The world is not the only thing that complements the Warhammer universe. Each of the characters draw inspiration from classes made popular by the series. There are five different characters to choose from, and each of them plays differently. Every character has a melee attack that can either perform a normal strike or a power attack. Power attacks are essential when fighting Skaven, and this is especially true when you are going against armored targets. The game pays great attention to where you swing your sword/hammer/etc., and some enemies can only be felled by a precise strike to the head. Other enemies without armor can be taken down easily if you can time (and aim) your power attack correctly. It is incredibly satisfying to swing your weapon and separate a Skaven’s head clean from its body. Your NPC allies even make cracks about how gracefully your attacks are if you execute them in an efficient manner. At the same time, if you perform an attack in a sloppy fashion, they will also comment on that. Each character, in addition to their melee weapon, has a ranged skill. You can equip a crossbow, spell, flintlock pistols, recurve bow, or blunderbuss to the classes they correspond to. Certain characters can even equip different types of ranged weapons, as long as they fit the class that that character belongs to. The Witch Doctor uses dual flintlock pistols by default, but can also use a crossbow, which fits the Witch Doctor class in Warhammer. Whereas, the elf has a recurve bow at the start, but cannot equip a blunderbuss because it don’t make sense for a rogue class character to have such a noisy sidearm. This inclusion makes the character customization feel true to the lore of the universe.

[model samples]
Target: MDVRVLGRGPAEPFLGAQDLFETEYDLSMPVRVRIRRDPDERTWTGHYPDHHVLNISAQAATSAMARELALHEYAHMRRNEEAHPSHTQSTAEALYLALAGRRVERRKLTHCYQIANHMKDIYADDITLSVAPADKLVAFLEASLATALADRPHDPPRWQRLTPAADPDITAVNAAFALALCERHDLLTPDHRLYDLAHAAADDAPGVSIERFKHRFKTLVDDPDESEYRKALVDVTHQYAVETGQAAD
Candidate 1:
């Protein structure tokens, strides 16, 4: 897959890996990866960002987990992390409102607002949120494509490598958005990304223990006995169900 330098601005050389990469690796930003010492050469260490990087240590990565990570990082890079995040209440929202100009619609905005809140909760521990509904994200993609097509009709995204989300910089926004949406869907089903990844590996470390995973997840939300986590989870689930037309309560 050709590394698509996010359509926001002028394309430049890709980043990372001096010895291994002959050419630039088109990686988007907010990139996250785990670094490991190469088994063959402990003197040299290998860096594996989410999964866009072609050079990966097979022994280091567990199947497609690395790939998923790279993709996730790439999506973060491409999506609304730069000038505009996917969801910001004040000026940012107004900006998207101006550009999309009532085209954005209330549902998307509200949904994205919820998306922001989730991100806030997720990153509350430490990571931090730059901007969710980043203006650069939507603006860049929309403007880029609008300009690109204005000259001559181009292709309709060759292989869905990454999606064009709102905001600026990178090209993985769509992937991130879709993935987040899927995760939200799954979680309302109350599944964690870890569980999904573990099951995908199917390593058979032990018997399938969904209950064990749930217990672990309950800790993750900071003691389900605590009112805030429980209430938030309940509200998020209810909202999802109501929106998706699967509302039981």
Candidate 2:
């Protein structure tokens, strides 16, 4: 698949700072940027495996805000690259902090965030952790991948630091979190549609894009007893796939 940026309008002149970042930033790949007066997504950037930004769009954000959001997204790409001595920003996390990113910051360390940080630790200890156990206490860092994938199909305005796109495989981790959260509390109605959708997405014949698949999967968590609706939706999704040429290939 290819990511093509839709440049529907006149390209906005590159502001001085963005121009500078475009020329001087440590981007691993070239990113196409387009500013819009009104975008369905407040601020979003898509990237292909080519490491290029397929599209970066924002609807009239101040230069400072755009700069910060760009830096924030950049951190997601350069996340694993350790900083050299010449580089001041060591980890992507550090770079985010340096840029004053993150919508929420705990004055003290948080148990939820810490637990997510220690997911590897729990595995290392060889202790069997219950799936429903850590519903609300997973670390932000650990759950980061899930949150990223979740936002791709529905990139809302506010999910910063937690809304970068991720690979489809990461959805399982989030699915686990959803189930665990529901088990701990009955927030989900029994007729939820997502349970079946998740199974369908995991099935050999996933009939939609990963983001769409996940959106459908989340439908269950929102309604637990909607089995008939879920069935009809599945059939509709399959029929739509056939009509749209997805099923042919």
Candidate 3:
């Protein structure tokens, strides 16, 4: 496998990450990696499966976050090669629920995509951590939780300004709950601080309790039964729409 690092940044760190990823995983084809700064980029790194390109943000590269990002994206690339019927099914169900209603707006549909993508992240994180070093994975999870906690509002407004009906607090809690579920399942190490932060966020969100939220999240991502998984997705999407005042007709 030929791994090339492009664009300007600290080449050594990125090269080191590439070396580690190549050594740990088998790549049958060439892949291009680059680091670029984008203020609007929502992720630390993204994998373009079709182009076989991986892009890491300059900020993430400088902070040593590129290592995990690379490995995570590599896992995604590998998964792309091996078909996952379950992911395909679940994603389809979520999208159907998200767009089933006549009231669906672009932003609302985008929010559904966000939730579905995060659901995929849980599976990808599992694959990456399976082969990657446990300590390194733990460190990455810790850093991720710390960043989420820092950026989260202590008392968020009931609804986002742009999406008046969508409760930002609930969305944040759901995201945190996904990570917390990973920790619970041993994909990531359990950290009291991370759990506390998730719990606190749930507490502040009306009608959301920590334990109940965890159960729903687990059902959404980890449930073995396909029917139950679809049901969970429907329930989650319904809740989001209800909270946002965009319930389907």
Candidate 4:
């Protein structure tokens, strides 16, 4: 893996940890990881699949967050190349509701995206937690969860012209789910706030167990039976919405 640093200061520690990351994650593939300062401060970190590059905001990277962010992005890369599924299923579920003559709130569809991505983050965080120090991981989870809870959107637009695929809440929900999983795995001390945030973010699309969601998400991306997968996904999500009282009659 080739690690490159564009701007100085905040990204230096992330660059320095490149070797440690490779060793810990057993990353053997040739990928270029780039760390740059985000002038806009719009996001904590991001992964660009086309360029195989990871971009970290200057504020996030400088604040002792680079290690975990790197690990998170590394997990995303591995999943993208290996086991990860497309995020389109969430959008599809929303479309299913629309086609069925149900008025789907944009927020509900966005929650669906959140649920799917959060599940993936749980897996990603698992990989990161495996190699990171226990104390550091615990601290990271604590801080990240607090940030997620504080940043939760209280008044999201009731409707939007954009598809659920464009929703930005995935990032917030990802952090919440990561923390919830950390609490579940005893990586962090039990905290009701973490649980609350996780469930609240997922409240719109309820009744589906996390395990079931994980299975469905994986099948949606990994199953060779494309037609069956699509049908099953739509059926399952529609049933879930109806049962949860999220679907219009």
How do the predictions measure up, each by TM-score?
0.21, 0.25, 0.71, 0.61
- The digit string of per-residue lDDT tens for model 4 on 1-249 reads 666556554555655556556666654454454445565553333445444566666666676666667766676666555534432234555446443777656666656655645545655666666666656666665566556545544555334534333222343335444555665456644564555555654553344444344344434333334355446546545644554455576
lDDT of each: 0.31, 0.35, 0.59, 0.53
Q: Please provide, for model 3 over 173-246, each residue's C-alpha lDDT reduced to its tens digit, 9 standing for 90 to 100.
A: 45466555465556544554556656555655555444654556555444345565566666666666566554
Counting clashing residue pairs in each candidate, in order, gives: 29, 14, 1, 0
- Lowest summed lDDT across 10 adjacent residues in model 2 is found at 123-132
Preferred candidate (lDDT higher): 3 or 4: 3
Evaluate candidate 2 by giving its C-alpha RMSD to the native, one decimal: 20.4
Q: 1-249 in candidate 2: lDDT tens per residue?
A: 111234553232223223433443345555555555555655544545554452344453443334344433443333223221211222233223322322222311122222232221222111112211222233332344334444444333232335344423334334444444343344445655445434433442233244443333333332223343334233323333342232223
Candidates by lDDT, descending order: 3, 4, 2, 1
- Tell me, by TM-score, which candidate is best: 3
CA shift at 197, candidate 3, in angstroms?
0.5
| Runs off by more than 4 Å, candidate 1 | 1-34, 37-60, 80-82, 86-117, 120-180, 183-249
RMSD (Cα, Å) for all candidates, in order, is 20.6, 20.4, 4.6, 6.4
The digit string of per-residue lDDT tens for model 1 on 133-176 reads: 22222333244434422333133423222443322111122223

At the end of the level, you are rewarded with the chance to play a dice game to acquire new gear. Depending on your roll, you might receive either a melee or ranged weapon to equip to one of your characters. One thing you should know is that each character has a trinket which can be equipped to increase the chance that the game rewards you with gear specific to your character. Make sure and equip this item as soon as you can, the game does not do it for you. Most weapons you amass have the potential to be upgraded. This can be a time-consuming endeavor since it takes a while to gain the components needed to upgrade weapons. Once you do have enough of these materials for the upgrade, the increase to the stats is usually worth the time you have put into it.